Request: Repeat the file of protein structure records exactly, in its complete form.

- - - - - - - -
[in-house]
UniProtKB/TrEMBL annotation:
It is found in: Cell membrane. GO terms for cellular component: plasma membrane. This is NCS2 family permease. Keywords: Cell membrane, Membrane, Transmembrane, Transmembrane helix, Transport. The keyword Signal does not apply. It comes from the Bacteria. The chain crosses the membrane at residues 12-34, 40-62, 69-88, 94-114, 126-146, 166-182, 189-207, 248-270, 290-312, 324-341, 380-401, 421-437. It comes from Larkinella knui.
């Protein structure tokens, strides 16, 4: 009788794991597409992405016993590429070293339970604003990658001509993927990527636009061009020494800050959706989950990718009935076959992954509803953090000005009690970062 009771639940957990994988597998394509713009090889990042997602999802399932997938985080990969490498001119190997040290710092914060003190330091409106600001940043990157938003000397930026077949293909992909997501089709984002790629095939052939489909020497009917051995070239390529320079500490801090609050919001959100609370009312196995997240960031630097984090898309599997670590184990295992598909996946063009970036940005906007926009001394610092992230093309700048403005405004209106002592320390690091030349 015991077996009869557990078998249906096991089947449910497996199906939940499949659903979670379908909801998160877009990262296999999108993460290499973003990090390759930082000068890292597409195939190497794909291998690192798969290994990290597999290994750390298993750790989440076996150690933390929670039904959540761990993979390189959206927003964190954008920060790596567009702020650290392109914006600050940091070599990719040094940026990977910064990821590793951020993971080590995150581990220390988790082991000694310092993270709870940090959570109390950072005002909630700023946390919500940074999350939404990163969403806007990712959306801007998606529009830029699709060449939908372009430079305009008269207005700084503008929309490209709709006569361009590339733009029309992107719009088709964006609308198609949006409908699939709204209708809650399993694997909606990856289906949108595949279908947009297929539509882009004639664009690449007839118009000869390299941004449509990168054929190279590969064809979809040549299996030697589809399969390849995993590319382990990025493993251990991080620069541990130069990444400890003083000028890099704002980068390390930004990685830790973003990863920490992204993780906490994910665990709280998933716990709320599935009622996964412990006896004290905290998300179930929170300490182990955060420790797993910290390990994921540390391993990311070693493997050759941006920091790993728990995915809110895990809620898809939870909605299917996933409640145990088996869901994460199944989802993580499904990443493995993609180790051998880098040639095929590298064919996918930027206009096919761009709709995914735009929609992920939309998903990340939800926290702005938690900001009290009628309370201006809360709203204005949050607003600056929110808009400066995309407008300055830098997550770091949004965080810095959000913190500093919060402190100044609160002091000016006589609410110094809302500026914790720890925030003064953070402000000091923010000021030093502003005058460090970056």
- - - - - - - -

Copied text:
[in-house]
UniProtKB/TrEMBL annotation:
It is found in: Cell membrane. GO terms for cellular component: plasma membrane. This is NCS2 family permease. Keywords: Cell membrane, Membrane, Transmembrane, Transmembrane helix, Transport. The keyword Signal does not apply. It comes from the Bacteria. The chain crosses the membrane at residues 12-34, 40-62, 69-88, 94-114, 126-146, 166-182, 189-207, 248-270, 290-312, 324-341, 380-401, 421-437. It comes from Larkinella knui.
């Protein structure tokens, strides 16, 4: 009788794991597409992405016993590429070293339970604003990658001509993927990527636009061009020494800050959706989950990718009935076959992954509803953090000005009690970062 009771639940957990994988597998394509713009090889990042997602999802399932997938985080990969490498001119190997040290710092914060003190330091409106600001940043990157938003000397930026077949293909992909997501089709984002790629095939052939489909020497009917051995070239390529320079500490801090609050919001959100609370009312196995997240960031630097984090898309599997670590184990295992598909996946063009970036940005906007926009001394610092992230093309700048403005405004209106002592320390690091030349 015991077996009869557990078998249906096991089947449910497996199906939940499949659903979670379908909801998160877009990262296999999108993460290499973003990090390759930082000068890292597409195939190497794909291998690192798969290994990290597999290994750390298993750790989440076996150690933390929670039904959540761990993979390189959206927003964190954008920060790596567009702020650290392109914006600050940091070599990719040094940026990977910064990821590793951020993971080590995150581990220390988790082991000694310092993270709870940090959570109390950072005002909630700023946390919500940074999350939404990163969403806007990712959306801007998606529009830029699709060449939908372009430079305009008269207005700084503008929309490209709709006569361009590339733009029309992107719009088709964006609308198609949006409908699939709204209708809650399993694997909606990856289906949108595949279908947009297929539509882009004639664009690449007839118009000869390299941004449509990168054929190279590969064809979809040549299996030697589809399969390849995993590319382990990025493993251990991080620069541990130069990444400890003083000028890099704002980068390390930004990685830790973003990863920490992204993780906490994910665990709280998933716990709320599935009622996964412990006896004290905290998300179930929170300490182990955060420790797993910290390990994921540390391993990311070693493997050759941006920091790993728990995915809110895990809620898809939870909605299917996933409640145990088996869901994460199944989802993580499904990443493995993609180790051998880098040639095929590298064919996918930027206009096919761009709709995914735009929609992920939309998903990340939800926290702005938690900001009290009628309370201006809360709203204005949050607003600056929110808009400066995309407008300055830098997550770091949004965080810095959000913190500093919060402190100044609160002091000016006589609410110094809302500026914790720890925030003064953070402000000091923010000021030093502003005058460090970056």